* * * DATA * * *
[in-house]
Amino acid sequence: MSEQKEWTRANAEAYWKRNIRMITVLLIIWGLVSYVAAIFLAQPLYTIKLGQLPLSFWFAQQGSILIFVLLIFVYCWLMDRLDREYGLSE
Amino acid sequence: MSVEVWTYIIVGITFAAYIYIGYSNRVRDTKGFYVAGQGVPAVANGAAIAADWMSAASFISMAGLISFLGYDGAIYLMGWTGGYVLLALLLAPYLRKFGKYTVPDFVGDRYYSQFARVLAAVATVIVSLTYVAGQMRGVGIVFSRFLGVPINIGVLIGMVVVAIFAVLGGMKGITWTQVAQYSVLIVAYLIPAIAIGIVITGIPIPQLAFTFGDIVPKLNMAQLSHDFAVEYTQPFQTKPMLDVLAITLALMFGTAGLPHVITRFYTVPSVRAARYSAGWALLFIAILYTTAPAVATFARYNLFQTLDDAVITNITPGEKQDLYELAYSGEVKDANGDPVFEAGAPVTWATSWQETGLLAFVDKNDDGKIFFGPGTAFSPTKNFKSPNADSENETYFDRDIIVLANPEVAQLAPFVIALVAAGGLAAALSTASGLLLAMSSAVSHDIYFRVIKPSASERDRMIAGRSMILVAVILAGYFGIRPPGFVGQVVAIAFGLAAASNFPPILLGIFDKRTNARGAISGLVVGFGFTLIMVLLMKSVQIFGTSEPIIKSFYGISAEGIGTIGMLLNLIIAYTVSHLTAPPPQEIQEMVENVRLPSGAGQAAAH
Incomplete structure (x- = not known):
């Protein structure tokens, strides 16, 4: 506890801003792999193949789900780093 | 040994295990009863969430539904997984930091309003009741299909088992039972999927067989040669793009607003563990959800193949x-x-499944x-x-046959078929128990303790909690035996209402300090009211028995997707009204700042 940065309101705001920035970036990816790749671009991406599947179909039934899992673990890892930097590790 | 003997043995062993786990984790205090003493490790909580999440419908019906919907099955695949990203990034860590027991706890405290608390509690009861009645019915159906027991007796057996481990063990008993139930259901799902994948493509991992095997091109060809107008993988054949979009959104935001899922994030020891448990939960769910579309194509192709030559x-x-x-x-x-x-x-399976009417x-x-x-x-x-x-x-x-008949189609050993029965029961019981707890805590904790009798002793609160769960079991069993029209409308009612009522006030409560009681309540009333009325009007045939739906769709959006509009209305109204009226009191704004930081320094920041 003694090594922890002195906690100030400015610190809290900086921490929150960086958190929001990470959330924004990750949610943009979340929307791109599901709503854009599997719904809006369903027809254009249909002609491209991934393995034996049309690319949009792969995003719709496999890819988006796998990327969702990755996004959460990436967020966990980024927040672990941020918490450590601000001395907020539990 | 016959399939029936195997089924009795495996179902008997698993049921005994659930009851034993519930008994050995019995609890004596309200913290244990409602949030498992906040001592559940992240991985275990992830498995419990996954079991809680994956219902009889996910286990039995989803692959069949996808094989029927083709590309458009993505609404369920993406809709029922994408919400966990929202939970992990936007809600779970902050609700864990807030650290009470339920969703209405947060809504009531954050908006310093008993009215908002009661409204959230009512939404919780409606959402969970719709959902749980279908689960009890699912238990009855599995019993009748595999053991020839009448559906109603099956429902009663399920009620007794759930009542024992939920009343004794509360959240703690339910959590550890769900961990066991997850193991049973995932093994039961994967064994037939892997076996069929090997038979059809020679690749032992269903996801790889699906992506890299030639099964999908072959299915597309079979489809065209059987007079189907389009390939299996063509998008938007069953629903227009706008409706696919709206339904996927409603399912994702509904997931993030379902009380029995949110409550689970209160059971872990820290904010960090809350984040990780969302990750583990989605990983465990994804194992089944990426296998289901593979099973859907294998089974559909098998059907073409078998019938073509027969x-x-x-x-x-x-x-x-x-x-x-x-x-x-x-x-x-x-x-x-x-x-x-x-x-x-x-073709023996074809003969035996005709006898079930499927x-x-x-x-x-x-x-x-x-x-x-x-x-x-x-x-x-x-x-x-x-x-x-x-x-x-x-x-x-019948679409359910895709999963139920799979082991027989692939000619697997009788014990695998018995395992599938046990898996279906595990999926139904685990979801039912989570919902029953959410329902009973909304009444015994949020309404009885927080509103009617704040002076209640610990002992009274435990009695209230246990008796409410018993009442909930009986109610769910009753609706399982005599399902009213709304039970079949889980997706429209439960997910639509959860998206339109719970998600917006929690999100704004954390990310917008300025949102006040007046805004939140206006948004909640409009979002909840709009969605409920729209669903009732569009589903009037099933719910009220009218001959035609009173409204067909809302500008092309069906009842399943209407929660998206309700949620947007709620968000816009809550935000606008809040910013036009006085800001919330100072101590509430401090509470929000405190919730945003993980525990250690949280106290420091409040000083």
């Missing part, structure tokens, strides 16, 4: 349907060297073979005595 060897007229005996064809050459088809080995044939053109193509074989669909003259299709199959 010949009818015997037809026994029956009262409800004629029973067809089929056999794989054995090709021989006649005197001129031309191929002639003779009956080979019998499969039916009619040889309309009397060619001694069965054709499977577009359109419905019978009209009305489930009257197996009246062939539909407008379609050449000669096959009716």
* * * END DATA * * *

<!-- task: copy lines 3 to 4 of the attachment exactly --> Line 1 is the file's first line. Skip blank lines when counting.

Amino acid sequence: MSVEVWTYIIVGITFAAYIYIGYSNRVRDTKGFYVAGQGVPAVANGAAIAADWMSAASFISMAGLISFLGYDGAIYLMGWTGGYVLLALLLAPYLRKFGKYTVPDFVGDRYYSQFARVLAAVATVIVSLTYVAGQMRGVGIVFSRFLGVPINIGVLIGMVVVAIFAVLGGMKGITWTQVAQYSVLIVAYLIPAIAIGIVITGIPIPQLAFTFGDIVPKLNMAQLSHDFAVEYTQPFQTKPMLDVLAITLALMFGTAGLPHVITRFYTVPSVRAARYSAGWALLFIAILYTTAPAVATFARYNLFQTLDDAVITNITPGEKQDLYELAYSGEVKDANGDPVFEAGAPVTWATSWQETGLLAFVDKNDDGKIFFGPGTAFSPTKNFKSPNADSENETYFDRDIIVLANPEVAQLAPFVIALVAAGGLAAALSTASGLLLAMSSAVSHDIYFRVIKPSASERDRMIAGRSMILVAVILAGYFGIRPPGFVGQVVAIAFGLAAASNFPPILLGIFDKRTNARGAISGLVVGFGFTLIMVLLMKSVQIFGTSEPIIKSFYGISAEGIGTIGMLLNLIIAYTVSHLTAPPPQEIQEMVENVRLPSGAGQAAAH
Incomplete structure (x- = not known):